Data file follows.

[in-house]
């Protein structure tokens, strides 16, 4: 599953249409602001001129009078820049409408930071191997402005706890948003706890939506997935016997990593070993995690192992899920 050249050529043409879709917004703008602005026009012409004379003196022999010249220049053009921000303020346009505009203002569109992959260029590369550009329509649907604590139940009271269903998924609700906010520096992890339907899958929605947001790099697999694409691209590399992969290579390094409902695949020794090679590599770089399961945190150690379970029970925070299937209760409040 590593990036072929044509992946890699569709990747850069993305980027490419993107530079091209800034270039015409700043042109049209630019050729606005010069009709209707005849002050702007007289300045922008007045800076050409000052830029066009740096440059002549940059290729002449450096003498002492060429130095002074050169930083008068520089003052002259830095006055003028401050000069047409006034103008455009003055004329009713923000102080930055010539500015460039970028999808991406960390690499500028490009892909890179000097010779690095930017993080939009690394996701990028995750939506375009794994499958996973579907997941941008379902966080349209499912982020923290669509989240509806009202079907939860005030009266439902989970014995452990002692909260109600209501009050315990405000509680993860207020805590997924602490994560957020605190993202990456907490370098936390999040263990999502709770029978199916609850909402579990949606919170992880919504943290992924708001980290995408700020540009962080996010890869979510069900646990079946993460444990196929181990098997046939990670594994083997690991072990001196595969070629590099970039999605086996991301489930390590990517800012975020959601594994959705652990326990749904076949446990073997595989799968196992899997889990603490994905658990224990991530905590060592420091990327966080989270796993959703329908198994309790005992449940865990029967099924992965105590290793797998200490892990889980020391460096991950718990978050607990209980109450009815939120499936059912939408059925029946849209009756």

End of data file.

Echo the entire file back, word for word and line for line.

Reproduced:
[in-house]
């Protein structure tokens, strides 16, 4: 599953249409602001001129009078820049409408930071191997402005706890948003706890939506997935016997990593070993995690192992899920 050249050529043409879709917004703008602005026009012409004379003196022999010249220049053009921000303020346009505009203002569109992959260029590369550009329509649907604590139940009271269903998924609700906010520096992890339907899958929605947001790099697999694409691209590399992969290579390094409902695949020794090679590599770089399961945190150690379970029970925070299937209760409040 590593990036072929044509992946890699569709990747850069993305980027490419993107530079091209800034270039015409700043042109049209630019050729606005010069009709209707005849002050702007007289300045922008007045800076050409000052830029066009740096440059002549940059290729002449450096003498002492060429130095002074050169930083008068520089003052002259830095006055003028401050000069047409006034103008455009003055004329009713923000102080930055010539500015460039970028999808991406960390690499500028490009892909890179000097010779690095930017993080939009690394996701990028995750939506375009794994499958996973579907997941941008379902966080349209499912982020923290669509989240509806009202079907939860005030009266439902989970014995452990002692909260109600209501009050315990405000509680993860207020805590997924602490994560957020605190993202990456907490370098936390999040263990999502709770029978199916609850909402579990949606919170992880919504943290992924708001980290995408700020540009962080996010890869979510069900646990079946993460444990196929181990098997046939990670594994083997690991072990001196595969070629590099970039999605086996991301489930390590990517800012975020959601594994959705652990326990749904076949446990073997595989799968196992899997889990603490994905658990224990991530905590060592420091990327966080989270796993959703329908198994309790005992449940865990029967099924992965105590290793797998200490892990889980020391460096991950718990978050607990209980109450009815939120499936059912939408059925029946849209009756």